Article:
Roger Clemens – is there anyone in sports who doesn’t recognize that name?  And how many little boys idolized him and his accomplishments?

We last saw Roger – in public – addressing the Congress of the United States in February 2008.  He had gone to D.C. earlier that week to visit with all the members of the committee where he would appear.  This is not normal, or usual - in fact, he was told by the committee Chairman, don’t bother, just submit your statement.  But no, Roger had to make his rounds and say his piece to them all in person after which the obligatory pictures were taken.  He had to continue to be famous.

In two weeks Roger will be arraigned and the process will proceed.

Here is part of a column written today by Richard Griffin in the Toronto Star: 

“Thursday, Clemens was indicted for obstruction of Congress, making false statements and perjury. He has been accused of lying to Congress about using steroids. If found guilty, he will likely do some jail time.”

Why would he do it? Because his past is more important to him than his future. Because protecting his legacy as a future Hall-of-Famer was more important than playing a role in cleaning up the game and making it drug-free for the next generation of players — which included his own sons. 

Clemens was never comfortable being Roger Clemens. Legend has it that in Boston when he entered his favourite night spot, he insisted they play Elton John’s hit Rocket Man to signal his arrival. At the Jays annual golf tournament with heavy-paying sponsors in each foursome, Clemens would ask for his own golf cart and park away from the others talking on his cellphone as they waited to tee off. In the clubhouse, after a start, The Rocket would emerge from the trainer’s room with carefully rehearsed answers and when questions started to strain his playbook, he would just walk away and end it.

It will be the best thing for baseball and the best thing for Clemens if he is convicted for his alleged transgressions under oath. He should do some jail time as well. It would show a younger generation of players and some of his veteran contemporaries that the Steroid Era had better be over or they too risk hard time, and it may snap Clemens out of his two-decade long fantasy that he was a character, The Rocket and was above the laws of other mere mortals.

Don’t cry for The Rocket, but feel sorry for Roger Clemens.”   

I doubt that many will cry for Roger Clemens -  and the little boys I feel sorry for are his four sons, who will carry the shame of their father all their lives. 

I often wonder – in the search for fame and posterity how many athletes give a moment’s thought to what their quests do to their families?  I hope that we only hear about the ones gone wrong, while the good Dads go home to their kids as often as they can – they are the real sports heros.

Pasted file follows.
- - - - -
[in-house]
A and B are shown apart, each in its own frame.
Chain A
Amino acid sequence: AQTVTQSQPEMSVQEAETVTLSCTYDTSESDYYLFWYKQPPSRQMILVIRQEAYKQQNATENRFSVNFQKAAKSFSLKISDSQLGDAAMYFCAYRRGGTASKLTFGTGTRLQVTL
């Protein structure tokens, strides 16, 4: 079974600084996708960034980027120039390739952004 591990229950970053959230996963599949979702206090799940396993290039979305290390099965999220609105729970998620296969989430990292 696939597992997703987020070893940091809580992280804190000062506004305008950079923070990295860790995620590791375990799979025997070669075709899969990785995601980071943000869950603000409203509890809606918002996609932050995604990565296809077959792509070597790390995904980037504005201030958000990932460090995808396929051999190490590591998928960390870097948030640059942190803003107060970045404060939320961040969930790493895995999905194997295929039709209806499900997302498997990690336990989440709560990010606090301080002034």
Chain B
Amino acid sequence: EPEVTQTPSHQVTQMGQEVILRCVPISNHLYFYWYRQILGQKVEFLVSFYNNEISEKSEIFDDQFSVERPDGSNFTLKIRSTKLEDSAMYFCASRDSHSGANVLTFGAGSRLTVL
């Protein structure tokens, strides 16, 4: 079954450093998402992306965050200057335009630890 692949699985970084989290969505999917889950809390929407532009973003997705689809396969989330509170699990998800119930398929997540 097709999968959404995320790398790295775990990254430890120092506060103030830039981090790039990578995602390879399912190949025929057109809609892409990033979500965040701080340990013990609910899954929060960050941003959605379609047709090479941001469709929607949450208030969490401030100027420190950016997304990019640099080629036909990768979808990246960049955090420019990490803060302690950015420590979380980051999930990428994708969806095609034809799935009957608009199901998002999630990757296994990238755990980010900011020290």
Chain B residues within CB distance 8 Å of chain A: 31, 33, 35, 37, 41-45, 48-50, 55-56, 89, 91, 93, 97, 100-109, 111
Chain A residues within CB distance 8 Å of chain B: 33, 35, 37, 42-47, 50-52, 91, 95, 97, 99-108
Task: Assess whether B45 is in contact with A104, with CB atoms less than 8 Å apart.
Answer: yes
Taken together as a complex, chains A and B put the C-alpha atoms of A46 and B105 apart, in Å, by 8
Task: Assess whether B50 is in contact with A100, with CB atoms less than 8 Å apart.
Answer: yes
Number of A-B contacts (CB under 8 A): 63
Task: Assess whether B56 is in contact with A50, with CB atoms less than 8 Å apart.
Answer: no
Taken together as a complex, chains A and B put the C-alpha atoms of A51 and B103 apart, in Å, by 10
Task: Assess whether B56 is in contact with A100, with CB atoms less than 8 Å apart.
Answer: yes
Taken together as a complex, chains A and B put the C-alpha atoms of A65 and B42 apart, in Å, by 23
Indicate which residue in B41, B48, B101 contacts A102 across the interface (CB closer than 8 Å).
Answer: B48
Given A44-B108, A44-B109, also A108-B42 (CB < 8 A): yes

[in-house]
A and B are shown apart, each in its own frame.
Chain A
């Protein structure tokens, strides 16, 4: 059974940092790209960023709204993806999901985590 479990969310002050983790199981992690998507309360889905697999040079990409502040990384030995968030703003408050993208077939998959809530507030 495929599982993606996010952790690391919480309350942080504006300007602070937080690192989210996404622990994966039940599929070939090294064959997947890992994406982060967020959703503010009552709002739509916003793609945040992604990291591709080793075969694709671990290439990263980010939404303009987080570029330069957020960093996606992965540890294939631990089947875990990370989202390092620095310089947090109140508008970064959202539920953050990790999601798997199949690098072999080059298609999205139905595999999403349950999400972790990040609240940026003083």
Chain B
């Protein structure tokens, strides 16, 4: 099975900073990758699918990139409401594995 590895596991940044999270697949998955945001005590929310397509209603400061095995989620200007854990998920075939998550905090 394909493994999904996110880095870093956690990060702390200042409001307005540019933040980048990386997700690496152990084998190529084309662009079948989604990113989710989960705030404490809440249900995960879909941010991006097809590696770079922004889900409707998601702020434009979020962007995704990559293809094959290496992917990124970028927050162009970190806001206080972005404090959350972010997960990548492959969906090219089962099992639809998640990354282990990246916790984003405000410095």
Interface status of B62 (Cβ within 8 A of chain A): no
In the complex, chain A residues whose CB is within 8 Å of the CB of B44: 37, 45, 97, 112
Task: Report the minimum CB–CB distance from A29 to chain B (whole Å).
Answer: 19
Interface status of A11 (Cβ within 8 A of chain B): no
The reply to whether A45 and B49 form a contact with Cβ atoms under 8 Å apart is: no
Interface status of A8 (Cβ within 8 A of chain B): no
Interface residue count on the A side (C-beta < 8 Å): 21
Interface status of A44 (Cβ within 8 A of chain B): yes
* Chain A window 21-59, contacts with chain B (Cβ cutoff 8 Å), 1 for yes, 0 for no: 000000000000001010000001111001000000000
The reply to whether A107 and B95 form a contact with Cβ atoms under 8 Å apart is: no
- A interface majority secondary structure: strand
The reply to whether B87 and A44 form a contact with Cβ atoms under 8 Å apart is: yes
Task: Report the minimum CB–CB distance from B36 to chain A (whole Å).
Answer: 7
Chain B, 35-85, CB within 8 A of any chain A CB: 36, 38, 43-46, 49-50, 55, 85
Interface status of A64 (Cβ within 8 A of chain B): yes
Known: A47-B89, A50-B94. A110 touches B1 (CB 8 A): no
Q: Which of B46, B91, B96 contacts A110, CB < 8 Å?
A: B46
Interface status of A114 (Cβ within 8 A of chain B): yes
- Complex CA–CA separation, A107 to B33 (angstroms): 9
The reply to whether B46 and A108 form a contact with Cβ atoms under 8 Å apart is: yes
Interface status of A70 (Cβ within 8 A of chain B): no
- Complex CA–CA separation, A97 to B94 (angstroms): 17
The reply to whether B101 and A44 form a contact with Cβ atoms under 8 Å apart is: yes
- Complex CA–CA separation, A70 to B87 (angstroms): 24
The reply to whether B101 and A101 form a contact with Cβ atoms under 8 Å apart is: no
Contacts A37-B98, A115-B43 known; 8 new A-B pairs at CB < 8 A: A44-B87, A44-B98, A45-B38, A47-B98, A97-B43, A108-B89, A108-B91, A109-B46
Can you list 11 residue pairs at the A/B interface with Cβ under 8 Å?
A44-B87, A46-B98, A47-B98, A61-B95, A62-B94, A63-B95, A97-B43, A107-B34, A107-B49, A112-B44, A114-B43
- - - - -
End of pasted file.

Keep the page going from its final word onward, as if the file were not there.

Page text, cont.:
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Darryl Strawberry And Dwight Gooden Enter Mets Hall Of Fame Fri, 30 Jul 2010 16:54:32 +0000 Darryl Strawberry and Doc Gooden enter the Mets Hall of Fame.

Sure this sounds nice and it is a good PR move and maybe it will sell some more tickets for Sunday afternoon.

But it’s a mixed blessing.

This is my problem with it.

The mid eighties, when both came up to the big team were the years that – my niece and I- spent a lot of time on the third tier behind home plate.  She called it ‘heaven’ and would sit and fill out her scorecard ever so neatly.

We saw the early games of both men – in fact we saw Doc’s first game and also his first home run.  You could see that big grin from way upstairs as he ran the bases.

Strawberry had so many home runs, that it became the usual for him.

However, even early on – particularly with Gooden – there were absences and/or days he was under the weather.  And the word “Smithers” came into our conversation.  Remember – he didn’t even make it to the parade when they won the series.

Now I know that both of them have tried to get their lives in order and Darryl has recently made progress, but Doc has regressed again. In fact it was the late George Steinbrenner who tried to help both these men, but few knew about it.

Sports – all sports – have a big problem on their hands – as drug usage grew – the players union and Bud Selig ignored it.  Even now it is a complicated issue.  A player like Alex Rodriguez ( almost a Met once) used steroids for years under the Selig administration, then apparently switched to HGH even though steroids and similar drugs have been illegal in the United States since 1993.

So, yes there will be a big celebration on Sunday, and I hope that the house is full as it used to be for Doc and Darryl.

This time my eyes will be on Davey Johnson and Frank Cashen.